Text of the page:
adam-and-dogAnimation, so the cliché goes, allows you to do anything. Animation can birth a man, order him to remove his head, fly him to Jupiter and then back to Earth where he grows a thousand miles tall so that he can straddle two continents with his legs. He can shrink again, morph into a flea, a baby, or a British prime minister, sing a Bob Dylan song, wrestle an alligator and then make love to a beautiful woman. He can die and then be reborn in two seconds of screen time. And yet the history of animation provides many examples of artists inventing their own limitations, therefore endowing each of their cartoons with a particular internal logic. For all the chaos of their bodies, the Coyote and Road Runner obey Chuck Jones’s physics. The Coyote lives in a world where he can run off a cliff and then fall once he realizes there is no ground beneath him. He does not live in a world where he can fly like Superman. His life is simple. Unburdened by character development, he relies on his technological intelligence and his id. He inhabits seven-minute shorts that always follow the story structure of a gag reel. Chuck Jones could do anything, but he was smart enough not to.

The five short animated films nominated for this year’s Academy Awards are all remarkably conservative in their approach to the animation form. They’re all smart enough not to do everything but to find that one thing that they can do and to do it well. Timothy Reckart and Fodhla Cronin O’Reilly’s “Head over Heels” imagines a married couple who endure two separate gravitational pulls. The husband walks on the floor of their house, while the wife walks on the ceiling. Other than that, their bodies still mimic the movements of our own in the non-animated world. The same could be said for the characters in John Kahrs’s magic realist “Paperman” and Minkyu Lee’s “Adam and Dog.” David Silverman’s “Maggie Simpson in ‘The Longest Daycare’” follows the gag-reel structure, but as in The Simpsons television show, Maggie Simpson’s movements obey the same regular exaggerated tics. PES’s clever stop-motion “Fresh Guacamole” employs the older animated tropes of morphology and visual puns.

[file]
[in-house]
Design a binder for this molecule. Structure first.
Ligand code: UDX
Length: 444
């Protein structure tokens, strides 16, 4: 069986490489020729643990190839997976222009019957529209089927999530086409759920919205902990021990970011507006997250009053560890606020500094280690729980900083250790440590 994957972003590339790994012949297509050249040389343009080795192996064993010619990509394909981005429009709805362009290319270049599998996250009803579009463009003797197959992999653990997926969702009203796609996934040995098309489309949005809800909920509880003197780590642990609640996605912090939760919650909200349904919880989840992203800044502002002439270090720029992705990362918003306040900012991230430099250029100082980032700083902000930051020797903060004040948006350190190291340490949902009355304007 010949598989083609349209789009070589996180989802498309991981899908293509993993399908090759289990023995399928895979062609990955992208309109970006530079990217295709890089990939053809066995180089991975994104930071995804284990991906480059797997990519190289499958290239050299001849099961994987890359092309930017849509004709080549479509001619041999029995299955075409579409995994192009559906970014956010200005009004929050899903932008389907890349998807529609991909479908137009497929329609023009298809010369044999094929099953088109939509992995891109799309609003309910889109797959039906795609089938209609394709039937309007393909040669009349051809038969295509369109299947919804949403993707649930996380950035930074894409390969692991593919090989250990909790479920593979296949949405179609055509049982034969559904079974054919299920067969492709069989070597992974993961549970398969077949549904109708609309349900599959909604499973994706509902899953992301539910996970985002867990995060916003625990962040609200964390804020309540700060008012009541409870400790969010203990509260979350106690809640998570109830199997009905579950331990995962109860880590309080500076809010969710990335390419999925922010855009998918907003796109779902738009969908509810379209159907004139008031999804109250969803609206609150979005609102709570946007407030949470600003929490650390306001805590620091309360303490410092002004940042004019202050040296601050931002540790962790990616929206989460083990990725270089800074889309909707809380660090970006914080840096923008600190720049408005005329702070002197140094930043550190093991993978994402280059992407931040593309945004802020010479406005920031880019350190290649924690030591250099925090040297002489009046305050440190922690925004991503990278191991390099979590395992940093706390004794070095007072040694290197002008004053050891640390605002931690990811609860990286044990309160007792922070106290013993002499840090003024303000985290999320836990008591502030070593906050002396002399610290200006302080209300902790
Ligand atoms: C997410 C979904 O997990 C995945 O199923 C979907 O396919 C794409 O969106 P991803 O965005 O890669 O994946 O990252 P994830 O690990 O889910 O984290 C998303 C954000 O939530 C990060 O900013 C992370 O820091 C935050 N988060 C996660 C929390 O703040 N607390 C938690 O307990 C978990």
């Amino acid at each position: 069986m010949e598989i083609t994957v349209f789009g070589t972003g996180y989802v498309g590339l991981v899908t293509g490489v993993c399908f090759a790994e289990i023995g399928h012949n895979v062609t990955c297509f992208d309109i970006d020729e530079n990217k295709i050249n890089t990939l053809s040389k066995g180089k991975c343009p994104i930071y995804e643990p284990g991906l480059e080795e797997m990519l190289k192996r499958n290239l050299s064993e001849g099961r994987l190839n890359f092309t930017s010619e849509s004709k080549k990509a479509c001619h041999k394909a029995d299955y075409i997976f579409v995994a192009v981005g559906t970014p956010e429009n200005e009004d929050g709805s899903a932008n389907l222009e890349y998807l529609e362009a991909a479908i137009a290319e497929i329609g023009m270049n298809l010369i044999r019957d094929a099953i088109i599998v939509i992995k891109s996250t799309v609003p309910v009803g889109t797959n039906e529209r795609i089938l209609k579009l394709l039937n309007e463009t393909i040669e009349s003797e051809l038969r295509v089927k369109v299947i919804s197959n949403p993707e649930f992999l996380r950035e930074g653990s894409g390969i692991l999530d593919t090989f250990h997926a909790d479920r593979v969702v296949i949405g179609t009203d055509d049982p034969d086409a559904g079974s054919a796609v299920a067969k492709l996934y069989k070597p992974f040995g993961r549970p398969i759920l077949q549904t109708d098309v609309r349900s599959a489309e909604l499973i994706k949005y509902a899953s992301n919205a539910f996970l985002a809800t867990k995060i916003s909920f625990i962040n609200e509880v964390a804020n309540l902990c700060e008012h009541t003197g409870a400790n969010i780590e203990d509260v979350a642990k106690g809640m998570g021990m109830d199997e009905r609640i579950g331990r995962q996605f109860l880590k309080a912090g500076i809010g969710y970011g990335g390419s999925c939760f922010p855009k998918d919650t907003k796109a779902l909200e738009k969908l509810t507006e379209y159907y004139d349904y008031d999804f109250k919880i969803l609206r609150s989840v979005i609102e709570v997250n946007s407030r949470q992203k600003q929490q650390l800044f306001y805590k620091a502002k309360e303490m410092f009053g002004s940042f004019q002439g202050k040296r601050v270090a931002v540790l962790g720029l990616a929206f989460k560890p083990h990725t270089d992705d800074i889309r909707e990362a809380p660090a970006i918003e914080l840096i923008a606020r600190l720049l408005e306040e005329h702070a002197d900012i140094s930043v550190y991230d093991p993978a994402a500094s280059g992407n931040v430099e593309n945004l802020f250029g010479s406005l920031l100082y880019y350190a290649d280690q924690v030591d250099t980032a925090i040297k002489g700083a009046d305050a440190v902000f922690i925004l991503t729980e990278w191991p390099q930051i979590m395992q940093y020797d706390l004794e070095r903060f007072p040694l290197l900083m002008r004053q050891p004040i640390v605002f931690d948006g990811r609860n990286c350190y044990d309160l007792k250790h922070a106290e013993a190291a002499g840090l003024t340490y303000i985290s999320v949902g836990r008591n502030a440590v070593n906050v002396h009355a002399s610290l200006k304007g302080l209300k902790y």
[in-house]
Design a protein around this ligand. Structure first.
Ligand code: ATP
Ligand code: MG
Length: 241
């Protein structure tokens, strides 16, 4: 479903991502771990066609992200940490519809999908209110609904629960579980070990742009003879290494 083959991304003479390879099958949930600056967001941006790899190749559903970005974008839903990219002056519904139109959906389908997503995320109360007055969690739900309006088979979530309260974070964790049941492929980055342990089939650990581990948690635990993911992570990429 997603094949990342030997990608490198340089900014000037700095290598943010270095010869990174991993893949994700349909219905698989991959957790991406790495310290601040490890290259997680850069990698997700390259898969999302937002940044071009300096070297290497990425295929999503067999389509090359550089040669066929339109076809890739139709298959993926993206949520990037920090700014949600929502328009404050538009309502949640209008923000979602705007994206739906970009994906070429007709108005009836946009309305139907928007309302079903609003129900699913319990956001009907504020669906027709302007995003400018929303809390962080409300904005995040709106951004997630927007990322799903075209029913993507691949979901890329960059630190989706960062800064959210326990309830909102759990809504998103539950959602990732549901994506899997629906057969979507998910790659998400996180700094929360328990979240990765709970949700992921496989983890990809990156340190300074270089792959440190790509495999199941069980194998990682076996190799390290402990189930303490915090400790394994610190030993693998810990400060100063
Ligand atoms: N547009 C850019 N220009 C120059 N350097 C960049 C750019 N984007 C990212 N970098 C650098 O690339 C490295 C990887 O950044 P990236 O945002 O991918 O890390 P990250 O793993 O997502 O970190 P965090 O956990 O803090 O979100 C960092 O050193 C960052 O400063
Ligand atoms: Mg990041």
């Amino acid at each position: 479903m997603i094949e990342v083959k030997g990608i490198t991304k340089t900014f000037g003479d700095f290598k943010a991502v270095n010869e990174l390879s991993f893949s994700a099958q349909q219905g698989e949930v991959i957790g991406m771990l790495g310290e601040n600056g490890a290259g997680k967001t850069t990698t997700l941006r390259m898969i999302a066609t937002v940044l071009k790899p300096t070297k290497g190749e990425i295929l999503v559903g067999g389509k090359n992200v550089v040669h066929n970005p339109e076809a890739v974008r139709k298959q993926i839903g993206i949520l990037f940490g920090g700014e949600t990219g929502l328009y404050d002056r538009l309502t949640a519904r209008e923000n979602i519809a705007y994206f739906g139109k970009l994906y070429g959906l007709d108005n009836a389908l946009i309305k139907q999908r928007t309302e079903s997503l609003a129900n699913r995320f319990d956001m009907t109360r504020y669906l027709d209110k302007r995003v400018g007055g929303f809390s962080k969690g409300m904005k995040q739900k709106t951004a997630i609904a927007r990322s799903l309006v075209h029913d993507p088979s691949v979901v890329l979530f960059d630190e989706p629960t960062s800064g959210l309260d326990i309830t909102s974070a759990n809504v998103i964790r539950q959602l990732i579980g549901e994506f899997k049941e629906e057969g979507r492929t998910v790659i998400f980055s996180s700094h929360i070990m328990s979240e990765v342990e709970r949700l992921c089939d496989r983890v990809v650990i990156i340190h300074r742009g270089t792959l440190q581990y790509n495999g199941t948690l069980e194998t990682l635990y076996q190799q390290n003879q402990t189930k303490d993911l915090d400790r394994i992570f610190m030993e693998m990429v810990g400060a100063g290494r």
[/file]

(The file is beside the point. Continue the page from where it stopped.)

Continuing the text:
“Head over Heels” and “Paperman” are conservative in another way as well. They’re romantic comedies. “Head over Heels” makes literal an ancient joke. The man’s feet are planted south. The woman’s feet are planted north. They are from two different worlds. How can they ever communicate? In the end of course, they do, finding a compromise that makes their marriage work. In “Paperman,” a man’s attempts to get the girl he wants are aided by a group of anthropomorphized paper airplanes. The shorts are sweet and sentimental.

Like the 10-minute life-of-a-marriage montage in Up, “Head over Heels” and “Paperman” are silent films. They find a means of communication based on both the subtleties and exaggerations of the face, the tremors of the lip, the slight widening of an eye. Compared to this, Tom Cruise tearfully declaring to Renée Zellweger “You complete me” is fodder for parody.

“The screens of the entire world are now starting to project the first international language, the language of gestures and facial expressions,” the Hungarian film theorist Béla Balázs wrote in 1924. These five nominees don’t represent any major innovations. They operate within extremely narrow confines of narrative structure, of space and time. None of them match the ecstatic assault of images of 2008’s winner “Les Maisons en Petits Cubes” or 2010’s “The Lost Thing,” both of which resist doing everything but still manage to do many more things than this year’s batch.

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